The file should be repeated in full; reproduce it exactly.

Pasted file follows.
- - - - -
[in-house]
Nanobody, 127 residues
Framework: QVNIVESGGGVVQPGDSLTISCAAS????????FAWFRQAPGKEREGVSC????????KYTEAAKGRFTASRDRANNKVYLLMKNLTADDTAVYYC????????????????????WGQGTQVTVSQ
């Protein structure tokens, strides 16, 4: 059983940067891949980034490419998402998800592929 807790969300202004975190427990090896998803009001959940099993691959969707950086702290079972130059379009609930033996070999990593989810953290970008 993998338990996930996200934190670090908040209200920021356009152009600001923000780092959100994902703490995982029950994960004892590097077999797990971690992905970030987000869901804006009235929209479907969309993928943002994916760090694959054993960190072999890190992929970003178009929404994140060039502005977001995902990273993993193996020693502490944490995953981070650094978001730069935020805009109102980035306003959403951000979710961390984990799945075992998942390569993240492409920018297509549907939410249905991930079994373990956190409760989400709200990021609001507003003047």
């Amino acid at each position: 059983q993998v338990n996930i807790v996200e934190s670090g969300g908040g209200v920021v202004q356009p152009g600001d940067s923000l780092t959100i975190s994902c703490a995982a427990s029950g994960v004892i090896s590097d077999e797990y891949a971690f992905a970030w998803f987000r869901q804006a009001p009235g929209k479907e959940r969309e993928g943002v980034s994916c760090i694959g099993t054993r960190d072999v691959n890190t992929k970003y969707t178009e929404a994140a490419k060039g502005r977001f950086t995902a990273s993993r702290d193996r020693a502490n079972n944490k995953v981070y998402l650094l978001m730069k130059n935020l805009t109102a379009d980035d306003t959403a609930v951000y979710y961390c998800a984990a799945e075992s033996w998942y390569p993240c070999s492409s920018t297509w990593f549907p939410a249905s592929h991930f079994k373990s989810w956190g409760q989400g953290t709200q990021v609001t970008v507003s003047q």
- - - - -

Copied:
[in-house]
Nanobody, 127 residues
Framework: QVNIVESGGGVVQPGDSLTISCAAS????????FAWFRQAPGKEREGVSC????????KYTEAAKGRFTASRDRANNKVYLLMKNLTADDTAVYYC????????????????????WGQGTQVTVSQ
């Protein structure tokens, strides 16, 4: 059983940067891949980034490419998402998800592929 807790969300202004975190427990090896998803009001959940099993691959969707950086702290079972130059379009609930033996070999990593989810953290970008 993998338990996930996200934190670090908040209200920021356009152009600001923000780092959100994902703490995982029950994960004892590097077999797990971690992905970030987000869901804006009235929209479907969309993928943002994916760090694959054993960190072999890190992929970003178009929404994140060039502005977001995902990273993993193996020693502490944490995953981070650094978001730069935020805009109102980035306003959403951000979710961390984990799945075992998942390569993240492409920018297509549907939410249905991930079994373990956190409760989400709200990021609001507003003047």
């Amino acid at each position: 059983q993998v338990n996930i807790v996200e934190s670090g969300g908040g209200v920021v202004q356009p152009g600001d940067s923000l780092t959100i975190s994902c703490a995982a427990s029950g994960v004892i090896s590097d077999e797990y891949a971690f992905a970030w998803f987000r869901q804006a009001p009235g929209k479907e959940r969309e993928g943002v980034s994916c760090i694959g099993t054993r960190d072999v691959n890190t992929k970003y969707t178009e929404a994140a490419k060039g502005r977001f950086t995902a990273s993993r702290d193996r020693a502490n079972n944490k995953v981070y998402l650094l978001m730069k130059n935020l805009t109102a379009d980035d306003t959403a609930v951000y979710y961390c998800a984990a799945e075992s033996w998942y390569p993240c070999s492409s920018t297509w990593f549907p939410a249905s592929h991930f079994k373990s989810w956190g409760q989400g953290t709200q990021v609001t970008v507003s003047q």